New International Version

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{language, word, form}
{work, book, publish}
{church, century, christian}
{god, call, give}
{group, member, jewish}
{theory, work, human}
{math, number, function}
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In the beginning God created the heavens and the earth. Now the earth was formless and empty, darkness was over the surface of the deep, and the Spirit of God was hovering over the waters. And God said, "Let there be light," and there was light.

Genesis 1:1 in other translations

For God so loved the world that he gave his one and only Son, that whoever believes in him shall not perish but have eternal life.

John 3:16 in other translations

The New International Version is an English translation of the Christian Bible. Published by Zondervan, in the United States it has become one of the most popular modern translations in history.[2]



When Evangelical Protestants received the Revised Standard Version, certain passages did not follow traditional Evangelical translation; Isaiah 7:14 is the prime example.[3][4] The New International Version project was started after a meeting in 1965 at Trinity Christian College in Palos Heights, Illinois between the Christian Reformed Church, National Association of Evangelicals, and a group of international scholars.[5] The New York Bible Society (now named Biblica) was selected to do the translation. The New Testament was released in 1973 and the full Bible in 1978. There are a couple of very rare 1973 editions which are signed by a few of the translating committee members which were released before the other 1973 editions. It underwent a minor revision in 1984. A major revision was announced on September 1, 2009 and was published online on November 1, 2010 at and The first printed editions will be published in March 2011.[6]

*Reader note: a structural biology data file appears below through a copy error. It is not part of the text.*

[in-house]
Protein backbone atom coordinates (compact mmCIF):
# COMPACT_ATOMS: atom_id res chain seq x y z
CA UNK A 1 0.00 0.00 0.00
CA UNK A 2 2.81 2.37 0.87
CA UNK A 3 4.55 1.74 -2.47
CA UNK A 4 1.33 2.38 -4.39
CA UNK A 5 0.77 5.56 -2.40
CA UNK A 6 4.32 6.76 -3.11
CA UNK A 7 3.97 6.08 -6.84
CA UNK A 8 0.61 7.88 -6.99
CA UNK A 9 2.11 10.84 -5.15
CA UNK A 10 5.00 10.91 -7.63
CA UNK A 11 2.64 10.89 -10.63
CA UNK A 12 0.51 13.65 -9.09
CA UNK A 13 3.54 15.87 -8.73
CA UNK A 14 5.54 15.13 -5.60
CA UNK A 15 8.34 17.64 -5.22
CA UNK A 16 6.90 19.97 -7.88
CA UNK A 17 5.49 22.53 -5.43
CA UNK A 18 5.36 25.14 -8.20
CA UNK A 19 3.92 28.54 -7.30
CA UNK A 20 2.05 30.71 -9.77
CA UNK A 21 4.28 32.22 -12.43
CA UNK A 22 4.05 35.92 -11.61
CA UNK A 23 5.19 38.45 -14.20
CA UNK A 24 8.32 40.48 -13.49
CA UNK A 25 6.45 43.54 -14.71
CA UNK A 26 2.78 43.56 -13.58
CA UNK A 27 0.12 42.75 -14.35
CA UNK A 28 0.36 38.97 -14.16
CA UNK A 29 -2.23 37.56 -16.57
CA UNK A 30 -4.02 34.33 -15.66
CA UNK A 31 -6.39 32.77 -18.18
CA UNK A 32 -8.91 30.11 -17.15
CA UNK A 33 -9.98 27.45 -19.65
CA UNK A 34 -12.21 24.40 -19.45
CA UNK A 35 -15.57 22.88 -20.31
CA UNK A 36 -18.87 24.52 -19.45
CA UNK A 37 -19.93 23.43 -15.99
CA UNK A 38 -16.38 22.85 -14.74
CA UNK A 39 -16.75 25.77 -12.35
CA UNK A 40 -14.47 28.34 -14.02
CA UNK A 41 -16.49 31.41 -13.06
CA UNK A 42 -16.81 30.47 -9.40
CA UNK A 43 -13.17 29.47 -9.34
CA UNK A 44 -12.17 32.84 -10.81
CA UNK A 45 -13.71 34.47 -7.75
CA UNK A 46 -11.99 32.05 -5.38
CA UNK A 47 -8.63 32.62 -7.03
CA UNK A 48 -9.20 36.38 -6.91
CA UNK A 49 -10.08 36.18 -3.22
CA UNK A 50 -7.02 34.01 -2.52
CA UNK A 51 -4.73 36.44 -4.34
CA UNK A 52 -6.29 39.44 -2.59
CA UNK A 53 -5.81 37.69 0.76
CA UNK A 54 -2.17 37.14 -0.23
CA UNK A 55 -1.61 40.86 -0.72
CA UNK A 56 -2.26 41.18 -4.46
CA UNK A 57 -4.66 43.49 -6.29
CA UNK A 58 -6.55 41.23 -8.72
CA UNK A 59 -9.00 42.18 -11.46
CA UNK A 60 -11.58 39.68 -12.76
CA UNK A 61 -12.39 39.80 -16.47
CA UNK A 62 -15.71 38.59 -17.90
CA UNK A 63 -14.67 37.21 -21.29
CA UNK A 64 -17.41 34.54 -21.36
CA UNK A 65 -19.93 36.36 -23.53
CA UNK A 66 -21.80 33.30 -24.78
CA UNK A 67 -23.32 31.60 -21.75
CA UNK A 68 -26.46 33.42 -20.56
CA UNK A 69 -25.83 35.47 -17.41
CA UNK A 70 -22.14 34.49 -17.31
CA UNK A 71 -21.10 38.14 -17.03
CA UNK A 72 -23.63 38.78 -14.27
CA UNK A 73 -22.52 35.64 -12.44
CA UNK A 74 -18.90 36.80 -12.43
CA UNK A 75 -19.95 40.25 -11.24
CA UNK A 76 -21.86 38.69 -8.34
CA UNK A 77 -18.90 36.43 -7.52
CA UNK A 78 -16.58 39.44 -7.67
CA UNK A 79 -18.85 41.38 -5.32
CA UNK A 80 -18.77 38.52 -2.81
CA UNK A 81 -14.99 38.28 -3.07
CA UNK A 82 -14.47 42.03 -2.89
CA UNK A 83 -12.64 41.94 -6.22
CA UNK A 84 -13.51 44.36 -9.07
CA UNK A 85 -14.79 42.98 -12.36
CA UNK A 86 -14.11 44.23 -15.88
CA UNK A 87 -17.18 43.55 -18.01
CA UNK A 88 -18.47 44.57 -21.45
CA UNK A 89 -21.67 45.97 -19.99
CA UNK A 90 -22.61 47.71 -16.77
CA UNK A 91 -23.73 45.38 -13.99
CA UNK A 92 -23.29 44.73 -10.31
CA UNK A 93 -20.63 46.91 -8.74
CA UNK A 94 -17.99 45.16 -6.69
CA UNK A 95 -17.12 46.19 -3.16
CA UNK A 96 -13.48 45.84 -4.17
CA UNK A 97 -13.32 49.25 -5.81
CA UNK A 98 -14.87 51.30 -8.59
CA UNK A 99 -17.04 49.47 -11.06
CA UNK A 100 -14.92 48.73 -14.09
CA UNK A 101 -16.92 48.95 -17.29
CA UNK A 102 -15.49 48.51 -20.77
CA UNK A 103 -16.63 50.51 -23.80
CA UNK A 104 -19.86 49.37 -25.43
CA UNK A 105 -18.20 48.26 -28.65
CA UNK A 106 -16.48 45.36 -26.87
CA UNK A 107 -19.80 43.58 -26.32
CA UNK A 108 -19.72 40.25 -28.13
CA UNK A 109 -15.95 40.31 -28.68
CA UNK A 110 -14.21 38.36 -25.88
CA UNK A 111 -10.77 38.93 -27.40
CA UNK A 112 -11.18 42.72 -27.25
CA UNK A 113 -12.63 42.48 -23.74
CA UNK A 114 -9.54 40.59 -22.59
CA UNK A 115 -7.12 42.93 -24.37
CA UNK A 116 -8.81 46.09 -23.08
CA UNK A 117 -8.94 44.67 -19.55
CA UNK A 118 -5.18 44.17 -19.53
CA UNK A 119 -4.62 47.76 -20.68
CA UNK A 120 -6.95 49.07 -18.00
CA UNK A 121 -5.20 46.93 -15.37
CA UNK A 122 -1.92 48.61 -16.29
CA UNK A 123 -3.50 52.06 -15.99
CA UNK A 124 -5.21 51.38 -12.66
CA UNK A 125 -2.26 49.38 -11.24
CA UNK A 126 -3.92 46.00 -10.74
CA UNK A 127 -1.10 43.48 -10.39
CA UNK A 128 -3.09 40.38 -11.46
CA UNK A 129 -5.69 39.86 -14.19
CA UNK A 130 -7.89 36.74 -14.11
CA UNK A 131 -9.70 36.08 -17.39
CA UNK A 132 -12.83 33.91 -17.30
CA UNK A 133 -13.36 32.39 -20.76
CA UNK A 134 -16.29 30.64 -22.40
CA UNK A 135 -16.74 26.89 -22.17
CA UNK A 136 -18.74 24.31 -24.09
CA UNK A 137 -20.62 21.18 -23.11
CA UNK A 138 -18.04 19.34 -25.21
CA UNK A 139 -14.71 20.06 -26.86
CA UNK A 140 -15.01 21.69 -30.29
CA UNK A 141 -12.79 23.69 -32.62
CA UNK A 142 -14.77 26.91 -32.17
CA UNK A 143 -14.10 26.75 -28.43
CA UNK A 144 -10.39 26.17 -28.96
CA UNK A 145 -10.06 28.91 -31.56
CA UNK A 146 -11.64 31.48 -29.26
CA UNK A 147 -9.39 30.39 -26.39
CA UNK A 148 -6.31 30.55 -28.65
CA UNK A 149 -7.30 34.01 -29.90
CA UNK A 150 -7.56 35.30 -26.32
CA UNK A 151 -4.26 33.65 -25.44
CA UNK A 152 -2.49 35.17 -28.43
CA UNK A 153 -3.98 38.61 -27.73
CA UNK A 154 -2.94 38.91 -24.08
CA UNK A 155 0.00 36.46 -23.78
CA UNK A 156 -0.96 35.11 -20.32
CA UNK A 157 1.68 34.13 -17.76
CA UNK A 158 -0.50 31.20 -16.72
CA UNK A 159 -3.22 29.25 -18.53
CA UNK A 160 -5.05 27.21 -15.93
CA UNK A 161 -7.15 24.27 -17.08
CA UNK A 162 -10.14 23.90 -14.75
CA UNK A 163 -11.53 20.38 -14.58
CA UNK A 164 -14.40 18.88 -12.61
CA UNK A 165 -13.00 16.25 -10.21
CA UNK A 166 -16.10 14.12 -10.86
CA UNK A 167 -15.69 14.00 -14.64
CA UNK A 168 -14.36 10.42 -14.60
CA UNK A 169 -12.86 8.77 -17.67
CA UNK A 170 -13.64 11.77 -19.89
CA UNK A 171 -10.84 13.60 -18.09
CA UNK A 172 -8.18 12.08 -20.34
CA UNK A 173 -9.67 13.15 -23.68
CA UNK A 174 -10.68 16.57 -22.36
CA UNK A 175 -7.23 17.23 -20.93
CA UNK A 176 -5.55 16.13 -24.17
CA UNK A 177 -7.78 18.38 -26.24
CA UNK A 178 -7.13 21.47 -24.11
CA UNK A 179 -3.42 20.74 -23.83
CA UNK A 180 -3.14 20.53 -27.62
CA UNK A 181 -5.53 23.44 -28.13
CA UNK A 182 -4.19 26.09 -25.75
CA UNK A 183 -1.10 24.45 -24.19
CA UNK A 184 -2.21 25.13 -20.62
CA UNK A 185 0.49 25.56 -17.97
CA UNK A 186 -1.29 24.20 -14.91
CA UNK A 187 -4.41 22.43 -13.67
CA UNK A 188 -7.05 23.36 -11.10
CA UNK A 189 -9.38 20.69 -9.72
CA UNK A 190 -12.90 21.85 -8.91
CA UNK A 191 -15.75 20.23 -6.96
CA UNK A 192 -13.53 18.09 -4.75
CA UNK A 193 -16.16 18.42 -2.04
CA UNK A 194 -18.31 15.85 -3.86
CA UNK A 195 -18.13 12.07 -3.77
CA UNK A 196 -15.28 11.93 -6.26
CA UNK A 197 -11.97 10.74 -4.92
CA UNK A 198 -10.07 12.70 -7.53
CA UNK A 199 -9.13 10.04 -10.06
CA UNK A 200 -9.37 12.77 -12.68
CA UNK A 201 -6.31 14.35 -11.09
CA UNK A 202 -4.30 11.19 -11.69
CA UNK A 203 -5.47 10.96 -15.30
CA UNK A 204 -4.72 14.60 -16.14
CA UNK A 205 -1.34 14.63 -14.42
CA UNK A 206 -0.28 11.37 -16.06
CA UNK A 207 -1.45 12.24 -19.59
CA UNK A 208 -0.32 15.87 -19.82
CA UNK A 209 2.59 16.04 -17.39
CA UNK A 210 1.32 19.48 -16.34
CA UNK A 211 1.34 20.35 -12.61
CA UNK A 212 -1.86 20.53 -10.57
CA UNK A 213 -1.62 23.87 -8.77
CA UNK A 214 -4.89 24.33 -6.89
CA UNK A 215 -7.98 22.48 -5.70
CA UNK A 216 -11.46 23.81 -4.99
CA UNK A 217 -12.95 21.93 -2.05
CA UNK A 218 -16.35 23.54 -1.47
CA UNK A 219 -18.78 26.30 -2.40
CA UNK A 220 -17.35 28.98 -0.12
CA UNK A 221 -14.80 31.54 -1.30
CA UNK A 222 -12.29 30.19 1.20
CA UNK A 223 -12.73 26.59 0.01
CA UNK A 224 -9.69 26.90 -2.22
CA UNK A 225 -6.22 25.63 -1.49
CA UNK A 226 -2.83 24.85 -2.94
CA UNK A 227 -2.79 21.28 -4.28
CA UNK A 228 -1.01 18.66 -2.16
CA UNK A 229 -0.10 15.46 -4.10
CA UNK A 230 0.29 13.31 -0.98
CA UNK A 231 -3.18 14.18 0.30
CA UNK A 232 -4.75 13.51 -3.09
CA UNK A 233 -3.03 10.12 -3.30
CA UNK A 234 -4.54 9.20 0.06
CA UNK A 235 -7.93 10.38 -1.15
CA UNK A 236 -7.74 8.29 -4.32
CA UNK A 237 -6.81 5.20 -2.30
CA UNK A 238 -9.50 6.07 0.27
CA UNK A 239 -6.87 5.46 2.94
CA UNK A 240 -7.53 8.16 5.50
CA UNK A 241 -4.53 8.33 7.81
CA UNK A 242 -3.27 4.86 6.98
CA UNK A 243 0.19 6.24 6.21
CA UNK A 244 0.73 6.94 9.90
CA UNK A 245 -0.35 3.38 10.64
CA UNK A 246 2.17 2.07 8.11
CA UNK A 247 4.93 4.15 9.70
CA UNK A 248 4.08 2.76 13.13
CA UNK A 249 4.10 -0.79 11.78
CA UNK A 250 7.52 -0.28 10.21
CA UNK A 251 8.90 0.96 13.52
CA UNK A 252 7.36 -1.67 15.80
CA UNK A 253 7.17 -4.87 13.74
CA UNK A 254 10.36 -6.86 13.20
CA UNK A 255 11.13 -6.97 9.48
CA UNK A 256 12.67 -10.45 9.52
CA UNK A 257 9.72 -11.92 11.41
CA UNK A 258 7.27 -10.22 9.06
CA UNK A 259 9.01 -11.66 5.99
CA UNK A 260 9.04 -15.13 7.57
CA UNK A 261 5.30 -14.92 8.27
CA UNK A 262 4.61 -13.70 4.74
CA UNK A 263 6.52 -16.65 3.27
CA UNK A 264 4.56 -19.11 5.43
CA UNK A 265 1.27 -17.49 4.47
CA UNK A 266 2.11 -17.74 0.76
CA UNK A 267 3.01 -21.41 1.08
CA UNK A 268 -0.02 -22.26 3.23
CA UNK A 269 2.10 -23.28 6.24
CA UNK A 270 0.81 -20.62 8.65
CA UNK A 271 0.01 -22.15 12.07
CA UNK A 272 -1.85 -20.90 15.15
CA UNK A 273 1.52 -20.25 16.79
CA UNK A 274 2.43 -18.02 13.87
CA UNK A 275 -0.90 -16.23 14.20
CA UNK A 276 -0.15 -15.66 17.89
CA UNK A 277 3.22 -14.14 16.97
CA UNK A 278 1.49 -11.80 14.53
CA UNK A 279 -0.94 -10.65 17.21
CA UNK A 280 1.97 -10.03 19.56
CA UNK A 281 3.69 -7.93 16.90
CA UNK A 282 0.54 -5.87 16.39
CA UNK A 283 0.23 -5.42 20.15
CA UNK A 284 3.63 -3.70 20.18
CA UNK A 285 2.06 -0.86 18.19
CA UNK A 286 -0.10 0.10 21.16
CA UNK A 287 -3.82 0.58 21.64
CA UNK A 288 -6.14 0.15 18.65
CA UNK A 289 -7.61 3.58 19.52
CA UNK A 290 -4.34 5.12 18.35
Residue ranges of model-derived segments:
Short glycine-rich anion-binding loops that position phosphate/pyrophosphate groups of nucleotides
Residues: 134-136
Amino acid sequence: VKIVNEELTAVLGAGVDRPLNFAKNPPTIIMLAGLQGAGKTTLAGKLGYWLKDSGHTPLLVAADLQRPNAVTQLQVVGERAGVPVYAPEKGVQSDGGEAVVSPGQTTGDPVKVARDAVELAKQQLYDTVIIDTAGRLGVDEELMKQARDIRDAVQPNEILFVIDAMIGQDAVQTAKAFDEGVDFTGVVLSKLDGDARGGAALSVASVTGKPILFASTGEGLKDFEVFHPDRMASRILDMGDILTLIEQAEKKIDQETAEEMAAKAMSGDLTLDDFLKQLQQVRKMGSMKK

The NIV is an explicitly Protestant translation. The deuterocanonical books are not included in the translation. It preserved traditional Evangelical theology on many contested points for which the Revised Standard Version has been criticized.[citation needed] Apart from these theological issues, the manuscript base of the NIV is similar to the RSV, using older Greek New Testament texts rather than the later Textus Receptus.

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